Sunday, September 18, 2016

My 5 Biggest Personal Training Mistakes

Most seasoned trainers and coaches will tell you unashamedly that they’ve made a ton of mistakes over their decades in the trenches. For instance, Mike Boyle himself wrote an article a few years back called 25 Years, 25 Mistakes.

In 25 years, you’d expect a guy to make a few boo-boos here and there. No one’s perfect. But what about relative newcomers to the training game? I for one don’t have nearly the tenure of Coach Boyle. (I obtained my personal trainer diploma in 2013.) Yet I have to admit I’ve also made quite a few mistakes.

For younger trainers, however, there seems to be a taboo surrounding this admission of fallibility. After all, if people know I’m not always right when it comes to fitness, will they still want to train with me? Or will they realize I’m nothing more than an imposter in a personal trainer costume (i.e. sweatpants and a dri-fit t-shirt)?

Real personal trainer or imposter?

I think it’s safe to say that eternal professional damnation will not be in the cards if I admit to my snafus. I state this with confidence for the following reason: You have to make mistakes to stay fresh and keep learning. If you’re not screwing up every now and then, you’re not improving at your craft.

It’s exactly these “Oh Shit! Moments” that engrain in you the lessons you can’t learn from reading a textbook, blog post, or T-Nation article. Not only that, but experiencing them firsthand solidifies them in long-term memory, so you’ll never make the same mistake again.

The Rise of Online Training

The fitness game is changing, though. With the recent emergence of online-only personal trainers, all you need is YouTube and an e-mail address and suddenly you can train people — even if you’ve never trained a soul in person before. Even if you’ve never made any of the mistakes we in-person trainers have made.

But surely you can make and learn from mistakes through online training, right? Of course, but not the same crucial mistakes you can make only by training people in person and getting real-time feedback as to how different individuals respond to exercise. Mistakes you can pick up on only from watching every set and every rep from every angle of every exercise. This type of real-world experience is simply impossible with online training.

How I imagine some online personal trainers

Inherently, there’s nothing wrong with online training. It’s a fantastic way to connect trainers and trainees across the world. I’ve had awesome success with it over the last year. The problem is with the “trainers” who don’t have meaningful experience with a large sample size of people in person going online and offering their supposed expertise.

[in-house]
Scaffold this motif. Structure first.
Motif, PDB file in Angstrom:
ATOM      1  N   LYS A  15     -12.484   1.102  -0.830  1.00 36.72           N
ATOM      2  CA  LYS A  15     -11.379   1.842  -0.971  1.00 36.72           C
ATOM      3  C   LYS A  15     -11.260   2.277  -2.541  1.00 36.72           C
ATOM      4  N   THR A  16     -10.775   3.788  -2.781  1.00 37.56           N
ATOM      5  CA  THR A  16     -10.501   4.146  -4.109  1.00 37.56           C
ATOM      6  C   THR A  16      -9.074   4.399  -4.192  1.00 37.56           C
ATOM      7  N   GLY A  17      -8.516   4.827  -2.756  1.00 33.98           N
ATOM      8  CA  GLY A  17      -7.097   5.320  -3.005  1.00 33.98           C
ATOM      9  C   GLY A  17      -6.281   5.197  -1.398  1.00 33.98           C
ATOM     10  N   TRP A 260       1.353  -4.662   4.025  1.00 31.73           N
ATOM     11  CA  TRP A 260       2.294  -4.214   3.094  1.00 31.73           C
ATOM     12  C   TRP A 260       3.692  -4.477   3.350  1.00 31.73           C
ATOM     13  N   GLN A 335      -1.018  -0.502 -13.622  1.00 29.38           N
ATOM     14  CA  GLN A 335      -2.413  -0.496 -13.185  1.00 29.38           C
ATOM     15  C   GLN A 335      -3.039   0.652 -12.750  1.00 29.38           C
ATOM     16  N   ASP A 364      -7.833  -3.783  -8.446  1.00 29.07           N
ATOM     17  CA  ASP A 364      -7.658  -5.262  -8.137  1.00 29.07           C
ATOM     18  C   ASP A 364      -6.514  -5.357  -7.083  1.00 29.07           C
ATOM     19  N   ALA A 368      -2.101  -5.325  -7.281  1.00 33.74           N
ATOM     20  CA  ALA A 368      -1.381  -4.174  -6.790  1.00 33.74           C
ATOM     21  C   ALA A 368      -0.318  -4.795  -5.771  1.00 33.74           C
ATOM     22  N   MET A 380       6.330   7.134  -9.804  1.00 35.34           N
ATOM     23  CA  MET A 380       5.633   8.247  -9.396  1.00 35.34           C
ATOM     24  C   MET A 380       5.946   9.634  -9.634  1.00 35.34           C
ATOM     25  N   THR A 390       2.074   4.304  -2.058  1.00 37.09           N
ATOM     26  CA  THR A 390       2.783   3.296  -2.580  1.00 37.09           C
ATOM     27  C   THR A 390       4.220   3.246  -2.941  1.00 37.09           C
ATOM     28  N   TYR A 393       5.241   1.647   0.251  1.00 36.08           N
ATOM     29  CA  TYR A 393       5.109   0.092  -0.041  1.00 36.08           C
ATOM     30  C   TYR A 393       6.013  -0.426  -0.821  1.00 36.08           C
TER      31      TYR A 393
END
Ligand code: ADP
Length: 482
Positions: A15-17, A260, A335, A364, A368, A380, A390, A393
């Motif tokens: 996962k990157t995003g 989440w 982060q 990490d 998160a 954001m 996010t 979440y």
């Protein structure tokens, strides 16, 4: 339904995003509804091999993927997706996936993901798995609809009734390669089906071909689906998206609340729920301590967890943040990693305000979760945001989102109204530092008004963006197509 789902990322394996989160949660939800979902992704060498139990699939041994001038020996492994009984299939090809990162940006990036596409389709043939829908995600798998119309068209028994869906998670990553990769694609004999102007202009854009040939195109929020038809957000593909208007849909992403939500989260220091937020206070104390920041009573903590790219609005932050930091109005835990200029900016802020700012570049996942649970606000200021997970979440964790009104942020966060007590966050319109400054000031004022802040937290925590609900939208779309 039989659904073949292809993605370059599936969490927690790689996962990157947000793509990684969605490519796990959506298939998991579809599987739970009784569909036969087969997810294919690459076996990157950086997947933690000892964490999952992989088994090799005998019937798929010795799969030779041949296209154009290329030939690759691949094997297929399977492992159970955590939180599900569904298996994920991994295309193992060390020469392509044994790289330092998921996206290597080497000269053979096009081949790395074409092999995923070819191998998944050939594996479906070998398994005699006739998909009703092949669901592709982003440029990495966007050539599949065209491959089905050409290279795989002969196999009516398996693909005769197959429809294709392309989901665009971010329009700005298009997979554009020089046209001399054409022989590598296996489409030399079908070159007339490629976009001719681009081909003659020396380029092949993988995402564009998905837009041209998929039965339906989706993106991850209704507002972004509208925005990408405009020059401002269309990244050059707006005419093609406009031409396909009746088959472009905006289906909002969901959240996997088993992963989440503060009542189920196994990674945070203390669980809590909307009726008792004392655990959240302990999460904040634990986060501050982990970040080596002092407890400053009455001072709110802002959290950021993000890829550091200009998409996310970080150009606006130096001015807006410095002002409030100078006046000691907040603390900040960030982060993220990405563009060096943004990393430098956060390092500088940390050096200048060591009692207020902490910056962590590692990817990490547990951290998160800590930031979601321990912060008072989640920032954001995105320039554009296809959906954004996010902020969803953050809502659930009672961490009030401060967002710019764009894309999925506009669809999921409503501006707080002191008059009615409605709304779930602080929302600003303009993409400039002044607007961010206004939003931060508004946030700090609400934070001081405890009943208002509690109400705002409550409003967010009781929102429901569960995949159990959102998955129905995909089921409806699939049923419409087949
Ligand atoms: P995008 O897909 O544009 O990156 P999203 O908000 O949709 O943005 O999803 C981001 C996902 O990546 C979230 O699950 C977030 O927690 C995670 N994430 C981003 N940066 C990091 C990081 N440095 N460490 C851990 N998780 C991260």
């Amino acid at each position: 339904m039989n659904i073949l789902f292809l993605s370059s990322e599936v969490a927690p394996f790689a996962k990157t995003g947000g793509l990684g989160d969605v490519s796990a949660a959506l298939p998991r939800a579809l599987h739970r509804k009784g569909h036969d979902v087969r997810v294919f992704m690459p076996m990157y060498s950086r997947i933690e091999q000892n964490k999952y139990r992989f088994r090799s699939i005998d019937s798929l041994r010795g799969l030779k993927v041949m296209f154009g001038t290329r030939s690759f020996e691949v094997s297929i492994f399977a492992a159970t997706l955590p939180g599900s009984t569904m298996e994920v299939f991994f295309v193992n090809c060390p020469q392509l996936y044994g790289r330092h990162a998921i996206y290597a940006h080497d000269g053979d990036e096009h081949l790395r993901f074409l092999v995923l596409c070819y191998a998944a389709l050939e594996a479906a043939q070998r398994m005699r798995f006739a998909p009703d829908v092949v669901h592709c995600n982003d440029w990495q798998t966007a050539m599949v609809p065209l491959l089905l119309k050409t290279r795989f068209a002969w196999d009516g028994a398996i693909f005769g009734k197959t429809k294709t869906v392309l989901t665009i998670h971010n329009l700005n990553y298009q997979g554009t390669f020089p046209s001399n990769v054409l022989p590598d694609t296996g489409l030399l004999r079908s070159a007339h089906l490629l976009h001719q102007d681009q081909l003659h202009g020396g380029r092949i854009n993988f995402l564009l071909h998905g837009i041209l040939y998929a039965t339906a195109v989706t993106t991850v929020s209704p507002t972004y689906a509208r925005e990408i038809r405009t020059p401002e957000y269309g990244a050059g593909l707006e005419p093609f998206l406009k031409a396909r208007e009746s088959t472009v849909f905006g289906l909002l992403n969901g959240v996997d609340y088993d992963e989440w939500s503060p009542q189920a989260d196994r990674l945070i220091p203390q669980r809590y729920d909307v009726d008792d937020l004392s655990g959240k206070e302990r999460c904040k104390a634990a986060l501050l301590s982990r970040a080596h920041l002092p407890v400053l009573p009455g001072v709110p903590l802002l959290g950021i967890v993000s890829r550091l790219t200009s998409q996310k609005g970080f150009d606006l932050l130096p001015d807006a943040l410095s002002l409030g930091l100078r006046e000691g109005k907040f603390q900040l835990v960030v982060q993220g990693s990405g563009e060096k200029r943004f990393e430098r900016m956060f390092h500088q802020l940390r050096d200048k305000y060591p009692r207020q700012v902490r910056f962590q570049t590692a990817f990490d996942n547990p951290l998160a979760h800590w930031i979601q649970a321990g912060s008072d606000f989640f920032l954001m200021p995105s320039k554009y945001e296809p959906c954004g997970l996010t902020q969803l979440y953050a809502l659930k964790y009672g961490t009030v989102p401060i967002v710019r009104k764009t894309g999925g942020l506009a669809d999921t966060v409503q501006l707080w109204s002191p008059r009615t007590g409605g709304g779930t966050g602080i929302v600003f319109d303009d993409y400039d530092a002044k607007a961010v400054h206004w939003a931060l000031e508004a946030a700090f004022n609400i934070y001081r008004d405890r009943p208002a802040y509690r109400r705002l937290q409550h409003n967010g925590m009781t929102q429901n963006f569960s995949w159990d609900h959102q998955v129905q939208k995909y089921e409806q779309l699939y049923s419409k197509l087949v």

So what kinds of mistakes have I made while training people in person? All sorts. Below are the five biggest ones, plus the lessons I’ve learned from them.

Mistake #1: Bodyweight exercises for heavy clients.

My first big mistake occurred while training a client who was overweight. The first exercise on the roster that day was band-assisted pull-ups. Everyone I’d trained up to that point had performed this exercise without issue, albeit with one or two very thick bands helping to pull them up. Well what do you know, as soon as this client got into position and began to pull, they immediately strained an ab muscle.

Lesson Learned #1: In general, mastering your own bodyweight before adding external load is a good idea. But when bodyweight (even with band assistance) represents a substantial percentage of someone’s maximal strength, external resistance, typically in the form of dumbbells or cables, can actually be an easy way to further unload that client.

The smarter choice in this case would have been a lat pull-down variation, along with a low-threshold anti-extension core exercise like a bench plank. The same argument can be made for using a dumbbell bench press instead of push-ups until the client is lighter and stronger.

Mistake #2: Loading an unfamiliar movement pattern.

The hip hinge is one of the toughest movement patterns to master, especially for older clients who’ve never done it before and double especially for older male clients. Early on in my career, I threw quite a few clients to the wolves with deadlifts and attempted to teach them to hinge “on the fly.” Some picked it up quickly, but most ended up walking away frustrated with not getting the movement and having to regress to a drill — not to mention with a sore back.

Lesson Learned #2: Progression trumps regression. When working with a new client, always program a drill for unfamiliar movement patterns. For example, if they’ve never hip hinged, give them a “Bulgarian goat bag swing” for the first few weeks. If they blow through it with ease on their first day, progress it to the target movement right away.